“I’m worried for our nation,” a senior church member recently told me. Knowing her to be a quiet person, I was concerned to see her upset. “I’ve never seen our country like this, and I just think we need to be committing ourselves to prayer.” Then she paused, and said, “I just don’t know what to do.”
I confess I also don’t know “what to do.” I have mixed emotions on the eve of what is unarguably the most pathetic national election in our nation’s history. I have no easy answers. My heart stirs with a strange blend of sadness and hope.
Proverbs 29:2 says, “When the righteous are in authority, the people rejoice; but when the wicked rule, the people groan.” I am one of those who groans with sadness today. I’m sad for our country’s collective refusal to confront our long history of racism, militarism, and greed. I’m sad that we cannot seem to work together to promote the common good. I’m sad that the benefits of the only bipartisan agreements our representatives ever reach never seem to reach most people. I’m sad that we continue to indulge so many robber barons, while nearly half the country lives in or close to the poverty line. I’m sad that we are all finding out the hard way that even in a democracy we are nevertheless frighteningly susceptible to fascism and totalitarianism. I am sad that a country full of so much beauty, energy, and passion to do the right thing continues to wallow in political dysfunction. And I am sad because I, too, am part of the dysfunction.
But my heart also stirs with hope. I am hopeful when I remember that Jesus upbraided his disciples for getting too caught up in elections and appointing cabinet members. In Matthew, Mark, and Luke, there’s a version of a story in which certain disciples argue over who’s the greatest among them. And in each of these Gospels, this incident is followed by Jesus warning his disciples. In Luke, he says, “The rulers of the Gentiles lord it over them, and those exercising authority over them are called benefactors. But not so with you…” (Lk. 22:25-26a). It is this not so with you that sustains me with hope today.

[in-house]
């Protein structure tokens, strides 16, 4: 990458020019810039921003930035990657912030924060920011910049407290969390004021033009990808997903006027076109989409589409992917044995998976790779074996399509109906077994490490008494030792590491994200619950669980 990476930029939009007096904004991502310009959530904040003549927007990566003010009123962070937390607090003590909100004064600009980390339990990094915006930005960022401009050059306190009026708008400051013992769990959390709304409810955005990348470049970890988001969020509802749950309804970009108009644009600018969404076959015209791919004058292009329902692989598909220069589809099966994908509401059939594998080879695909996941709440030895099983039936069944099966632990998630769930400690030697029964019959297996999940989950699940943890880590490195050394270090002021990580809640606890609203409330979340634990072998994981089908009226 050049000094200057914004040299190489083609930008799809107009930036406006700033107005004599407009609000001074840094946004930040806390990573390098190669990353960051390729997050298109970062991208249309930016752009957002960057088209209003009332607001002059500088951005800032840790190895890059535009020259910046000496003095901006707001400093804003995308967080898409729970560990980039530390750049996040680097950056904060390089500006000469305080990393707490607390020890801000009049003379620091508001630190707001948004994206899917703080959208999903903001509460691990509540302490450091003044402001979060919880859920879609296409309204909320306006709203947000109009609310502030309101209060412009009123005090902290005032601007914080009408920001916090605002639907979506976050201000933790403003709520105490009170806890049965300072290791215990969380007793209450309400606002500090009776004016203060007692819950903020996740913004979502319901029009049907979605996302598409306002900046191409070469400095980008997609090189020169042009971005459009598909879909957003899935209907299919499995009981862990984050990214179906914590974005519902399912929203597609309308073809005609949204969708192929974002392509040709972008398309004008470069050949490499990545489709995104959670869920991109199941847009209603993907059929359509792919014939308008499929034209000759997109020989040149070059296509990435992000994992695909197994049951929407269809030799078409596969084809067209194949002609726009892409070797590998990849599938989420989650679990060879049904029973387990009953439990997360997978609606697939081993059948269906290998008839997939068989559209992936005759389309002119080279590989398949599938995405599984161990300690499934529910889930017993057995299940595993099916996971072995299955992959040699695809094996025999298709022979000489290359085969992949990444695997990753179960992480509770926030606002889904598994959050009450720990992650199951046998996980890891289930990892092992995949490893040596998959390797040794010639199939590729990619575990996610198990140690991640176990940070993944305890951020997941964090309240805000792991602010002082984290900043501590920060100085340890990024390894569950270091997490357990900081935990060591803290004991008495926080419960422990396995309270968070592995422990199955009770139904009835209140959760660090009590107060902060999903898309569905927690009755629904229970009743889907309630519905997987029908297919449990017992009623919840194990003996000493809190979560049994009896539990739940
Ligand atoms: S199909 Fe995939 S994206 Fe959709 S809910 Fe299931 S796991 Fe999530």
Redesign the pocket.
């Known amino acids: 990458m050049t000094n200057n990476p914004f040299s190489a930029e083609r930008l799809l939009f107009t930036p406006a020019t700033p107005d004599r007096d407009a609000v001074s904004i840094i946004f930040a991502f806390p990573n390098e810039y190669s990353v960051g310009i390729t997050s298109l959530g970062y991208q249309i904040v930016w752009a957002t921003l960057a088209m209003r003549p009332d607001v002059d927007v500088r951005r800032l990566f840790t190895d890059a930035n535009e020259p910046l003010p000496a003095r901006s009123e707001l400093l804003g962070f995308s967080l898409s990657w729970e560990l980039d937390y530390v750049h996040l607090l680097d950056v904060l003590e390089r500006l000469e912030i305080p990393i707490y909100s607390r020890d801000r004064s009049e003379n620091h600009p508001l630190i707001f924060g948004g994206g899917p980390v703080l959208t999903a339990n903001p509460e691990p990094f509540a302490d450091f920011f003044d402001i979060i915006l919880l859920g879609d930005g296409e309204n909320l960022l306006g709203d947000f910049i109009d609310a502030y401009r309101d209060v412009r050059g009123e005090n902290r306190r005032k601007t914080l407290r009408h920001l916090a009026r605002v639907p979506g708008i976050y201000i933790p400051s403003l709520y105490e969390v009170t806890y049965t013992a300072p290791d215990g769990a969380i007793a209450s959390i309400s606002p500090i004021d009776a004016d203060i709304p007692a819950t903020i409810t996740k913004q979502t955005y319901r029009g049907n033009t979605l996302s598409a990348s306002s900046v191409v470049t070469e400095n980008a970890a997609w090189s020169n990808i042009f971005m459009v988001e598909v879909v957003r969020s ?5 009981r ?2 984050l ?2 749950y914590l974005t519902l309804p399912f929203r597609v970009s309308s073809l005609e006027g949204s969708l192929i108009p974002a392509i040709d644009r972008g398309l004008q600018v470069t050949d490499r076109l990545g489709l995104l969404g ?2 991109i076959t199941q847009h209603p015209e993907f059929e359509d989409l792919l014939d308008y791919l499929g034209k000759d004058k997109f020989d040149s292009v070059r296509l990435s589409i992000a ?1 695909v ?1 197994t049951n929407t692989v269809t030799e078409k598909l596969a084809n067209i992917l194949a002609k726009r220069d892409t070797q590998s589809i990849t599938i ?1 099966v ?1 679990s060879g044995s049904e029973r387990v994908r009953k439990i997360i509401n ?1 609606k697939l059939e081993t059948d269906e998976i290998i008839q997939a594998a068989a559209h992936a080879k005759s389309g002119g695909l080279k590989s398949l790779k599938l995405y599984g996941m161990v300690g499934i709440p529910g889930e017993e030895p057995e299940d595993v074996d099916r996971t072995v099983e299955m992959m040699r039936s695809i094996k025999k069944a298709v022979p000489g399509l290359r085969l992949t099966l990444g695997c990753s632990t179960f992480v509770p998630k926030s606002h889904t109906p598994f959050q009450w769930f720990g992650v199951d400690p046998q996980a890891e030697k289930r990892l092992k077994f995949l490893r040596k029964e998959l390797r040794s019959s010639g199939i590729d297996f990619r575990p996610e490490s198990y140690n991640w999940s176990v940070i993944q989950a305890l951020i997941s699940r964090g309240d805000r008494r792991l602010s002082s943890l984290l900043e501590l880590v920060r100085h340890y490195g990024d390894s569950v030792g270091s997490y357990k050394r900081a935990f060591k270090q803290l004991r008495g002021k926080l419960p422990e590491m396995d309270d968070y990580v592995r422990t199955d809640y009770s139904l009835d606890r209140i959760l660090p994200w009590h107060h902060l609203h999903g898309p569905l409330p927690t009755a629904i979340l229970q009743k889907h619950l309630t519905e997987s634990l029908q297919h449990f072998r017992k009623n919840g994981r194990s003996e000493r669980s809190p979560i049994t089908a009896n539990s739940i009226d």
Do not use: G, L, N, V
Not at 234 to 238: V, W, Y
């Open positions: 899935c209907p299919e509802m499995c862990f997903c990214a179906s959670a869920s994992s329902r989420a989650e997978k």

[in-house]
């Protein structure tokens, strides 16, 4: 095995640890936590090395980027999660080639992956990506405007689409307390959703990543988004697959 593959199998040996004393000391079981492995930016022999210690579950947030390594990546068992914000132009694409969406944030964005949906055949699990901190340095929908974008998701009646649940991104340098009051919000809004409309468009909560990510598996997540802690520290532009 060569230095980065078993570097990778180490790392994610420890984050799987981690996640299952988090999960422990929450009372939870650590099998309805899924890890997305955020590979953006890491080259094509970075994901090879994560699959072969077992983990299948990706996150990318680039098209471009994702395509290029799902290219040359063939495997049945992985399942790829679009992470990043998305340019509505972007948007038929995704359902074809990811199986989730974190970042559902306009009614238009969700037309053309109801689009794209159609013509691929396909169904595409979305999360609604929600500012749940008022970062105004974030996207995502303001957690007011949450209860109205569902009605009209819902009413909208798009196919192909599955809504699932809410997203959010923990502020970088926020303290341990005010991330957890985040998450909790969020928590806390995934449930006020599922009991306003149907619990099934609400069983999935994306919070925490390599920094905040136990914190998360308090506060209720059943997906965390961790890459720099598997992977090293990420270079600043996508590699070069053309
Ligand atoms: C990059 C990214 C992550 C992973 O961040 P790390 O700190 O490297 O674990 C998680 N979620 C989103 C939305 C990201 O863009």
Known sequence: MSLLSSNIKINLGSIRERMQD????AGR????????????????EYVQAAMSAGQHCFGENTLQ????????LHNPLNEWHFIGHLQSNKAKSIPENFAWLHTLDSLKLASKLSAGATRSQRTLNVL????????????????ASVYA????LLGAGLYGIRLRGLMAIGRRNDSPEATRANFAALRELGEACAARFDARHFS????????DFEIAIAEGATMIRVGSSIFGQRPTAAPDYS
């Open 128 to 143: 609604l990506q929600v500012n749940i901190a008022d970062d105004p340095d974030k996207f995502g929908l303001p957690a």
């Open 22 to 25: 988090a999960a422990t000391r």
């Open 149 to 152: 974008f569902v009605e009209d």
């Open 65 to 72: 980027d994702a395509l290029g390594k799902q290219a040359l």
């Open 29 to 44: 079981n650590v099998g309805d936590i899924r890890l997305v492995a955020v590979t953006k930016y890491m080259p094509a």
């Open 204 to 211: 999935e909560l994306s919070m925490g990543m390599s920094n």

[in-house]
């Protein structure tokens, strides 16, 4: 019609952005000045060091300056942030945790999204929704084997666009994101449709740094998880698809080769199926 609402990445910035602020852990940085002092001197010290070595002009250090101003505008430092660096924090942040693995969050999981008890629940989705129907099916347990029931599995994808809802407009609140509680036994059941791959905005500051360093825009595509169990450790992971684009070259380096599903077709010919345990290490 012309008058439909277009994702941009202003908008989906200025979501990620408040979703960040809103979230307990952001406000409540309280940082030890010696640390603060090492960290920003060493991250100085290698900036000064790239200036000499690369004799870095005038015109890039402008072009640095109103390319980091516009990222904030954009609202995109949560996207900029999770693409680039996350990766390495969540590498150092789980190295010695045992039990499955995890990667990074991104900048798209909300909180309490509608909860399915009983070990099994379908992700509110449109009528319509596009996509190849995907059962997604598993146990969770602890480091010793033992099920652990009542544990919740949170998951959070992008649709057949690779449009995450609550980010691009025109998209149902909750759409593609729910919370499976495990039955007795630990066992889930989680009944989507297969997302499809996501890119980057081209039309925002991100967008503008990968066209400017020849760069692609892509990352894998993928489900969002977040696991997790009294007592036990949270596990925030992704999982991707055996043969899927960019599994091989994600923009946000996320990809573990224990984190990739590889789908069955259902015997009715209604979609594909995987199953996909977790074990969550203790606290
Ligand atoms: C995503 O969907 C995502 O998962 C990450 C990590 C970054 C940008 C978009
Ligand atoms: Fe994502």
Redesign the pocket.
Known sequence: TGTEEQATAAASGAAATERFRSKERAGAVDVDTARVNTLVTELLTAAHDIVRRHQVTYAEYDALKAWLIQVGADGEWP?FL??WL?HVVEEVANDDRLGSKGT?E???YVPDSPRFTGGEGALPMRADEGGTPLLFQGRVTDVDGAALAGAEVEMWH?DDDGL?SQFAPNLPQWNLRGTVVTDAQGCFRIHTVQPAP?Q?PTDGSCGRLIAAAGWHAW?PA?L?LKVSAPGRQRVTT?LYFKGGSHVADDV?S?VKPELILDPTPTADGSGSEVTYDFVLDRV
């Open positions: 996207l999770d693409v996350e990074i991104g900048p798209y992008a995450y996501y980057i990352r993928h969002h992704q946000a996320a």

To be sure, we’ve all been inundated by propaganda from political parties making promises of benefaction. We’ve now been enduring this election cycle for two-and-a-half years. We’ve given our nation’s electoral politics free rent in our head for too long. We can’t turn on a television, radio, or smartphone, drive down a neighborhood street, or even stand beside a water cooler without our attention being diverted to electoral politics.
This is intentional on the part of the powers and principalities, a systematic form of bullying on a grand scale, and a means of diverting our attention away from the indispensable political work of church and community building. In these ways our rulers do “lord it over us, calling themselves benefactors.” Perhaps John Prine was right all along to sing,
Blow up your T.V., throw away your paper. Go to the country, build you a home. Plant a little garden, eat a lot of peaches. Try an’ find Jesus on your own.
To be sure, as Christians, we’re called to “pay respect to whom respect is due, honor to whom honor is due” (Rom. 13:7), which Paul says in the context of governing authorities. We may respect and honor our representatives by giving them our vote, inasmuch as voting enables a peaceful transfer of power between governing officials. But we should only engage whatever political system we’re part of as Christians, which means seeking the peace of the city, and participating in Jesus’ mission to the poor, the hungry, the sick, the naked, and those in prison.
What really gives me hope is the truth that Christians have more important things to do than engage in the pathological frenzy of any political system. As followers of Jesus, we are “a chosen race, a royal priesthood, a holy nation” (1 Pet. 2:9). The kingdom we’re inheriting is “not of this world” (Jn. 18:36).
So, though I will engage in the politics of voting tomorrow, Nov. 8, I will do so only light of the politics of the Lord’s Supper I shared with my congregation on All Saints Day, Nov. 6. This is my hope for every Christian: that our passion for the Body of Christ, the epicenter of God’s politics, supersedes and overrides the world’s passion for statecraft. The rulers of the Gentiles lord it over us. But at the Lord’s Table, we are consumed, not by political propaganda, but by Christ’s own flesh and blood. There we learn anew what it means to be one with God and neighbor, what it means to celebrate God’s abundance, what it means to love our enemies, and what it means for broken bodies to be made whole again.